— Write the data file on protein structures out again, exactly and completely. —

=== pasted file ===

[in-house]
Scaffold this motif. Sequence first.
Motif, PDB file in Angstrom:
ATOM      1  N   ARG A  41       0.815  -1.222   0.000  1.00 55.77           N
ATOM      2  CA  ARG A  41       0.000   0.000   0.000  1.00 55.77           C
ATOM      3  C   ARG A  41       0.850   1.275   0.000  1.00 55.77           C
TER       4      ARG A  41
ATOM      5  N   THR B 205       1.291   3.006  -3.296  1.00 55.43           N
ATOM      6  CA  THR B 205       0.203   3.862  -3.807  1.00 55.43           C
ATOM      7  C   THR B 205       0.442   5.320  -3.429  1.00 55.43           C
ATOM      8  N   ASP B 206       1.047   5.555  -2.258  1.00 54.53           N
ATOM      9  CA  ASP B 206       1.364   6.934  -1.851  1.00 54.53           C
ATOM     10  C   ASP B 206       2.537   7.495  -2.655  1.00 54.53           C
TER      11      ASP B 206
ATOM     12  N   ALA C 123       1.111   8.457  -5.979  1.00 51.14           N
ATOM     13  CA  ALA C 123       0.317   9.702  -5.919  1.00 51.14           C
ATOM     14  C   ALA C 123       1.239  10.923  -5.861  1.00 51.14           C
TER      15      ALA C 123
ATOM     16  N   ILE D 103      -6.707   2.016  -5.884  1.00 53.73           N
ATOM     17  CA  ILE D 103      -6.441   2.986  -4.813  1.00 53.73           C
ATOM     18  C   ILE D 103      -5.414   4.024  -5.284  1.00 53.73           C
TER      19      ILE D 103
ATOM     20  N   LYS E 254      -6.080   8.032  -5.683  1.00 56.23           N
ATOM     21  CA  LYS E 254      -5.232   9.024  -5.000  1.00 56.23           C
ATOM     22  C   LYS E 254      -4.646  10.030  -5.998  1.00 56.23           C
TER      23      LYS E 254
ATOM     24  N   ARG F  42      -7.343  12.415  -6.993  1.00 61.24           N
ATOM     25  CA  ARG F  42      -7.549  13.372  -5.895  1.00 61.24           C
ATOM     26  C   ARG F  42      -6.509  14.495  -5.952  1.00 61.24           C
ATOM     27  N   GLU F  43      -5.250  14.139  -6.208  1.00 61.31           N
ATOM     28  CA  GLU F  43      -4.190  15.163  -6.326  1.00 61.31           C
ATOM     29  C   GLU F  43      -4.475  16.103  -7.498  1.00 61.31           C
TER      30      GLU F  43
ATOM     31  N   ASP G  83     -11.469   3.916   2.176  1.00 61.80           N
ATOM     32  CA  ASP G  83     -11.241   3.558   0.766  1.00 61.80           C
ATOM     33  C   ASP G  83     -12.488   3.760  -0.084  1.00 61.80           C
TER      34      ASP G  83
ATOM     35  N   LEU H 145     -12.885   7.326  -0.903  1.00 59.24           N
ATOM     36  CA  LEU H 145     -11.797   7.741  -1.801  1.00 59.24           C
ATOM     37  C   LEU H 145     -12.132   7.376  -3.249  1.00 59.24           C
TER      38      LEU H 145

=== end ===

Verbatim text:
[in-house]
Scaffold this motif. Sequence first.
Motif, PDB file in Angstrom:
ATOM      1  N   ARG A  41       0.815  -1.222   0.000  1.00 55.77           N
ATOM      2  CA  ARG A  41       0.000   0.000   0.000  1.00 55.77           C
ATOM      3  C   ARG A  41       0.850   1.275   0.000  1.00 55.77           C
TER       4      ARG A  41
ATOM      5  N   THR B 205       1.291   3.006  -3.296  1.00 55.43           N
ATOM      6  CA  THR B 205       0.203   3.862  -3.807  1.00 55.43           C
ATOM      7  C   THR B 205       0.442   5.320  -3.429  1.00 55.43           C
ATOM      8  N   ASP B 206       1.047   5.555  -2.258  1.00 54.53           N
ATOM      9  CA  ASP B 206       1.364   6.934  -1.851  1.00 54.53           C
ATOM     10  C   ASP B 206       2.537   7.495  -2.655  1.00 54.53           C
TER      11      ASP B 206
ATOM     12  N   ALA C 123       1.111   8.457  -5.979  1.00 51.14           N
ATOM     13  CA  ALA C 123       0.317   9.702  -5.919  1.00 51.14           C
ATOM     14  C   ALA C 123       1.239  10.923  -5.861  1.00 51.14           C
TER      15      ALA C 123
ATOM     16  N   ILE D 103      -6.707   2.016  -5.884  1.00 53.73           N
ATOM     17  CA  ILE D 103      -6.441   2.986  -4.813  1.00 53.73           C
ATOM     18  C   ILE D 103      -5.414   4.024  -5.284  1.00 53.73           C
TER      19      ILE D 103
ATOM     20  N   LYS E 254      -6.080   8.032  -5.683  1.00 56.23           N
ATOM     21  CA  LYS E 254      -5.232   9.024  -5.000  1.00 56.23           C
ATOM     22  C   LYS E 254      -4.646  10.030  -5.998  1.00 56.23           C
TER      23      LYS E 254
ATOM     24  N   ARG F  42      -7.343  12.415  -6.993  1.00 61.24           N
ATOM     25  CA  ARG F  42      -7.549  13.372  -5.895  1.00 61.24           C
ATOM     26  C   ARG F  42      -6.509  14.495  -5.952  1.00 61.24           C
ATOM     27  N   GLU F  43      -5.250  14.139  -6.208  1.00 61.31           N
ATOM     28  CA  GLU F  43      -4.190  15.163  -6.326  1.00 61.31           C
ATOM     29  C   GLU F  43      -4.475  16.103  -7.498  1.00 61.31           C
TER      30      GLU F  43
ATOM     31  N   ASP G  83     -11.469   3.916   2.176  1.00 61.80           N
ATOM     32  CA  ASP G  83     -11.241   3.558   0.766  1.00 61.80           C
ATOM     33  C   ASP G  83     -12.488   3.760  -0.084  1.00 61.80           C
TER      34      ASP G  83
ATOM     35  N   LEU H 145     -12.885   7.326  -0.903  1.00 59.24           N
ATOM     36  CA  LEU H 145     -11.797   7.741  -1.801  1.00 59.24           C
ATOM     37  C   LEU H 145     -12.132   7.376  -3.249  1.00 59.24           C
TER      38      LEU H 145